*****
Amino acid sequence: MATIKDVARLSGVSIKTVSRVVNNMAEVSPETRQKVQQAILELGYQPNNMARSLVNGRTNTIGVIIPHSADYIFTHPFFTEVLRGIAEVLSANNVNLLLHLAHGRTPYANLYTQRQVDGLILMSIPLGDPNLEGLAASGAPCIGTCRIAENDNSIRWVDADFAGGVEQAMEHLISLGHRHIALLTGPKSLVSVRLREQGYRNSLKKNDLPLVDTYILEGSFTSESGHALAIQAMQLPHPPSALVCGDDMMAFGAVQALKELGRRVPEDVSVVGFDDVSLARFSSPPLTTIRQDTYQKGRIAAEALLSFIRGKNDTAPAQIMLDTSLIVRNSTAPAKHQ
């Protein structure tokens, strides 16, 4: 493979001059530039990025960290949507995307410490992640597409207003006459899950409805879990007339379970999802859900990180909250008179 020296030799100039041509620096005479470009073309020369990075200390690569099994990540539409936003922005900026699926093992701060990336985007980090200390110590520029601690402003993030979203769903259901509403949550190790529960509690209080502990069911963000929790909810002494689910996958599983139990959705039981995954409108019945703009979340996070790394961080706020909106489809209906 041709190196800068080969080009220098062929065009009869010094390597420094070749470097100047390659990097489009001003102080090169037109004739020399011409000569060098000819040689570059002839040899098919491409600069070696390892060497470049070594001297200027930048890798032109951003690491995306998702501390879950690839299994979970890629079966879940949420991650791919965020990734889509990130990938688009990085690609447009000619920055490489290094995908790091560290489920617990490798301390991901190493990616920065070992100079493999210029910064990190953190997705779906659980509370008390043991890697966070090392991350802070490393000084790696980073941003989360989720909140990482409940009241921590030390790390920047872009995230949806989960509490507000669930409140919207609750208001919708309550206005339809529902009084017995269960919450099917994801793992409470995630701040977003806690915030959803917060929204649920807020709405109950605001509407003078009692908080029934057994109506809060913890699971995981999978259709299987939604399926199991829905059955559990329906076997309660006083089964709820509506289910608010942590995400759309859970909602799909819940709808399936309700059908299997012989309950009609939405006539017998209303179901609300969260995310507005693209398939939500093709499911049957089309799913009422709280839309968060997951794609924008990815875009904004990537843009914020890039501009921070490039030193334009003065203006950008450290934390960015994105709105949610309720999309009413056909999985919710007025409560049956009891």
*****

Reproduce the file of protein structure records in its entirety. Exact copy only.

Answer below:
Amino acid sequence: MATIKDVARLSGVSIKTVSRVVNNMAEVSPETRQKVQQAILELGYQPNNMARSLVNGRTNTIGVIIPHSADYIFTHPFFTEVLRGIAEVLSANNVNLLLHLAHGRTPYANLYTQRQVDGLILMSIPLGDPNLEGLAASGAPCIGTCRIAENDNSIRWVDADFAGGVEQAMEHLISLGHRHIALLTGPKSLVSVRLREQGYRNSLKKNDLPLVDTYILEGSFTSESGHALAIQAMQLPHPPSALVCGDDMMAFGAVQALKELGRRVPEDVSVVGFDDVSLARFSSPPLTTIRQDTYQKGRIAAEALLSFIRGKNDTAPAQIMLDTSLIVRNSTAPAKHQ
């Protein structure tokens, strides 16, 4: 493979001059530039990025960290949507995307410490992640597409207003006459899950409805879990007339379970999802859900990180909250008179 020296030799100039041509620096005479470009073309020369990075200390690569099994990540539409936003922005900026699926093992701060990336985007980090200390110590520029601690402003993030979203769903259901509403949550190790529960509690209080502990069911963000929790909810002494689910996958599983139990959705039981995954409108019945703009979340996070790394961080706020909106489809209906 041709190196800068080969080009220098062929065009009869010094390597420094070749470097100047390659990097489009001003102080090169037109004739020399011409000569060098000819040689570059002839040899098919491409600069070696390892060497470049070594001297200027930048890798032109951003690491995306998702501390879950690839299994979970890629079966879940949420991650791919965020990734889509990130990938688009990085690609447009000619920055490489290094995908790091560290489920617990490798301390991901190493990616920065070992100079493999210029910064990190953190997705779906659980509370008390043991890697966070090392991350802070490393000084790696980073941003989360989720909140990482409940009241921590030390790390920047872009995230949806989960509490507000669930409140919207609750208001919708309550206005339809529902009084017995269960919450099917994801793992409470995630701040977003806690915030959803917060929204649920807020709405109950605001509407003078009692908080029934057994109506809060913890699971995981999978259709299987939604399926199991829905059955559990329906076997309660006083089964709820509506289910608010942590995400759309859970909602799909819940709808399936309700059908299997012989309950009609939405006539017998209303179901609300969260995310507005693209398939939500093709499911049957089309799913009422709280839309968060997951794609924008990815875009904004990537843009914020890039501009921070490039030193334009003065203006950008450290934390960015994105709105949610309720999309009413056909999985919710007025409560049956009891």